sINGAPORE - Aspiring pharmacists will spend a shorter time facing the books so as to allow them to start practising their trade sooner.
Under a revamped curriculum for pharmacy students that will kick in at the National University of Singapore (NUS) this August , students will have to undergo only three years of lectures.
This will be supplemented with a year of "experiential learning" - including a project and a six-month internship at facilities such as hospitals, community pharmacies or pharmaceutical companies - which students have to complete before they graduate.
The revamped curriculum was announced by Health Minister Gan Kim Yong last Friday at the sixth annual pharmacists' pledge affirmation ceremony, where he was guest of honour.
Previously, NUS pharmacy students had to undergo four years of university education, which included two six-week job attachments spread over their second and third year of study. This will now be extended and consolidated into a six-month training programme that will be completed by students in their fourth year.
Said Associate Professor Chui Wai Keung, head of the Pharmacy Department at NUS: "Based on feedback from practitioners, students would achieve the required competency if the attachments were carried out in the final year."
The satisfactory completion of the six-month internship can also count towards the 12-month pre-registration training required by the Singapore Pharmacy Council to qualify to be a licensed pharmacist.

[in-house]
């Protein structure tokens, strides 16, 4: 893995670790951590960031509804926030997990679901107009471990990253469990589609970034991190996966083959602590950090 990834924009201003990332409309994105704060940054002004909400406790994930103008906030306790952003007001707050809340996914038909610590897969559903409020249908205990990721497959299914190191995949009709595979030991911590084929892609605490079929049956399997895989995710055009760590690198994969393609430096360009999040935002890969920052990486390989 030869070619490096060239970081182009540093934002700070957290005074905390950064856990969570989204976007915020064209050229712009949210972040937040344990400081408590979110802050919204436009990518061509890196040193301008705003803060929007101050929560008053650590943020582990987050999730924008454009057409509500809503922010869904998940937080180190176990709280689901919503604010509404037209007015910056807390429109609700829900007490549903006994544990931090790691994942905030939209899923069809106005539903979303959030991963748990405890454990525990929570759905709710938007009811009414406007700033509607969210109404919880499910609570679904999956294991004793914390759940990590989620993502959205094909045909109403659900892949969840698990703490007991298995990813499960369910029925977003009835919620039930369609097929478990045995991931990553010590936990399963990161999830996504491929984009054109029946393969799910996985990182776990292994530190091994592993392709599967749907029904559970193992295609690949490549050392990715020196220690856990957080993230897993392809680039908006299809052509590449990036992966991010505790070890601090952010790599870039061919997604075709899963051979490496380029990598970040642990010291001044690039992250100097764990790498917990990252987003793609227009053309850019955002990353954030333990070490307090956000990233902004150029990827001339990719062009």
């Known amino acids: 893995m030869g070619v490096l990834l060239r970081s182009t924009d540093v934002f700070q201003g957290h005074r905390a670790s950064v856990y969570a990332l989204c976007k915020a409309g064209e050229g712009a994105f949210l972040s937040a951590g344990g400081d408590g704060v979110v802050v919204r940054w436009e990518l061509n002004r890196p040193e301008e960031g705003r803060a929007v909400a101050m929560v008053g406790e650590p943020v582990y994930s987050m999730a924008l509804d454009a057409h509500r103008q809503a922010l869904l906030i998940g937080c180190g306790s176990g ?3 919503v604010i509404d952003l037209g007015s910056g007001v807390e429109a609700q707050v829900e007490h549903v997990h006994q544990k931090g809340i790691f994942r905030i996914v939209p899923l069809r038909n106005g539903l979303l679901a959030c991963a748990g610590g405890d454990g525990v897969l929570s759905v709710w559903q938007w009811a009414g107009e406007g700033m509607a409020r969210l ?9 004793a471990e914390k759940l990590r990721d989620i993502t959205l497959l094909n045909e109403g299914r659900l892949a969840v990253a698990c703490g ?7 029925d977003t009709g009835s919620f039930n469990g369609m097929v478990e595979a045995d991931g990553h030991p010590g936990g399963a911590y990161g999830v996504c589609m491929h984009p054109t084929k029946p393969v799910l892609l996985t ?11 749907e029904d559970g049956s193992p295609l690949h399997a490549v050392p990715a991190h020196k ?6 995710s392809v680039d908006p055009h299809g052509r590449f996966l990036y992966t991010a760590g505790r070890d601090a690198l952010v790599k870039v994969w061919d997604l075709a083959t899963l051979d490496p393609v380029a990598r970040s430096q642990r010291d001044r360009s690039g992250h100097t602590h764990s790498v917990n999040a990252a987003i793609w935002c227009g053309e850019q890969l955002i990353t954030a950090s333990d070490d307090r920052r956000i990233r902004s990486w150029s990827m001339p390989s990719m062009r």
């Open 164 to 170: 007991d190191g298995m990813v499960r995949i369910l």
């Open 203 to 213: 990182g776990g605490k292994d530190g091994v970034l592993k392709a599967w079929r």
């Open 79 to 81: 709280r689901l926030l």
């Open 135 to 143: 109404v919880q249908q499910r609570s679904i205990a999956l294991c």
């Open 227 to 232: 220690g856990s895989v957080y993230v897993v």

This means that pharmacy graduates under the new curriculum can be licensed about three months faster than their peers from previous cohorts.
In his speech, Mr Gan also lauded the profession for supporting the Health Ministry's Healthcare 2020 initiative - a masterplan that aims to boost the accessibility, quality and affordability of health care to reach out to Singapore's growing population.
"NUS has been expanding the intake of pharmacy students - it is on track to eventually producing 240 pharmacy graduates per year to meet the national demand," he said.
Last year, NUS had 135 pharmacy graduates, up from the 124 in 2012 and 106 in 2011. Prof Chui said he is confident that the school would be able to reach the target of 240 "gradually".
Mr Wong Qi Xuan, a 26-year-old who recently completed his pre-registration training at Alexandra Hospital, said the new curriculum would enable future pharmacy students to better see the relevance of their study in a real-life setting.
He said: "If a student studies renal disease, for instance, he can see how it better applies in a real setting."
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